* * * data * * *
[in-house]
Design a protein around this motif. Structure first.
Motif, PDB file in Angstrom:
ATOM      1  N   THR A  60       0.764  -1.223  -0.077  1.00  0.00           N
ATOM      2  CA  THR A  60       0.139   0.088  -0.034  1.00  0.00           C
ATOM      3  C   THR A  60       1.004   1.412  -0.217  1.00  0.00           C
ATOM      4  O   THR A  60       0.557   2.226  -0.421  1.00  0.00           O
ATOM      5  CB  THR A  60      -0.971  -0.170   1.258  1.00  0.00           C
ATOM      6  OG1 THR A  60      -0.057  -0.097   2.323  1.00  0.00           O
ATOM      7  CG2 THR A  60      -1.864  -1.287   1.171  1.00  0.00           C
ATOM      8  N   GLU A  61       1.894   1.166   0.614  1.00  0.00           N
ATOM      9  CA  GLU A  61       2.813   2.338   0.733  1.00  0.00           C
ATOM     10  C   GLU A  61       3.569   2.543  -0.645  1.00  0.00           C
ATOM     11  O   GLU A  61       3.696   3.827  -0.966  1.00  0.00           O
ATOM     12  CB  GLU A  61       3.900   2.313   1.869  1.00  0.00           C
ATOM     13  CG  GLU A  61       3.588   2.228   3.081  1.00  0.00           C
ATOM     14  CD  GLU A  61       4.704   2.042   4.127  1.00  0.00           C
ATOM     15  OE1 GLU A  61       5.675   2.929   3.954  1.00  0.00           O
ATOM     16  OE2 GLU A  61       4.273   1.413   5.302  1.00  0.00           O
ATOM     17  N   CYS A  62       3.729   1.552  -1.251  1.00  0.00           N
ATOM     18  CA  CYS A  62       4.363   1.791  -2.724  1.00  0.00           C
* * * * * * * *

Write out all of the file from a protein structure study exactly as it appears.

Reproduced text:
[in-house]
Design a protein around this motif. Structure first.
Motif, PDB file in Angstrom:
ATOM      1  N   THR A  60       0.764  -1.223  -0.077  1.00  0.00           N
ATOM      2  CA  THR A  60       0.139   0.088  -0.034  1.00  0.00           C
ATOM      3  C   THR A  60       1.004   1.412  -0.217  1.00  0.00           C
ATOM      4  O   THR A  60       0.557   2.226  -0.421  1.00  0.00           O
ATOM      5  CB  THR A  60      -0.971  -0.170   1.258  1.00  0.00           C
ATOM      6  OG1 THR A  60      -0.057  -0.097   2.323  1.00  0.00           O
ATOM      7  CG2 THR A  60      -1.864  -1.287   1.171  1.00  0.00           C
ATOM      8  N   GLU A  61       1.894   1.166   0.614  1.00  0.00           N
ATOM      9  CA  GLU A  61       2.813   2.338   0.733  1.00  0.00           C
ATOM     10  C   GLU A  61       3.569   2.543  -0.645  1.00  0.00           C
ATOM     11  O   GLU A  61       3.696   3.827  -0.966  1.00  0.00           O
ATOM     12  CB  GLU A  61       3.900   2.313   1.869  1.00  0.00           C
ATOM     13  CG  GLU A  61       3.588   2.228   3.081  1.00  0.00           C
ATOM     14  CD  GLU A  61       4.704   2.042   4.127  1.00  0.00           C
ATOM     15  OE1 GLU A  61       5.675   2.929   3.954  1.00  0.00           O
ATOM     16  OE2 GLU A  61       4.273   1.413   5.302  1.00  0.00           O
ATOM     17  N   CYS A  62       3.729   1.552  -1.251  1.00  0.00           N
ATOM     18  CA  CYS A  62       4.363   1.791  -2.724  1.00  0.00           C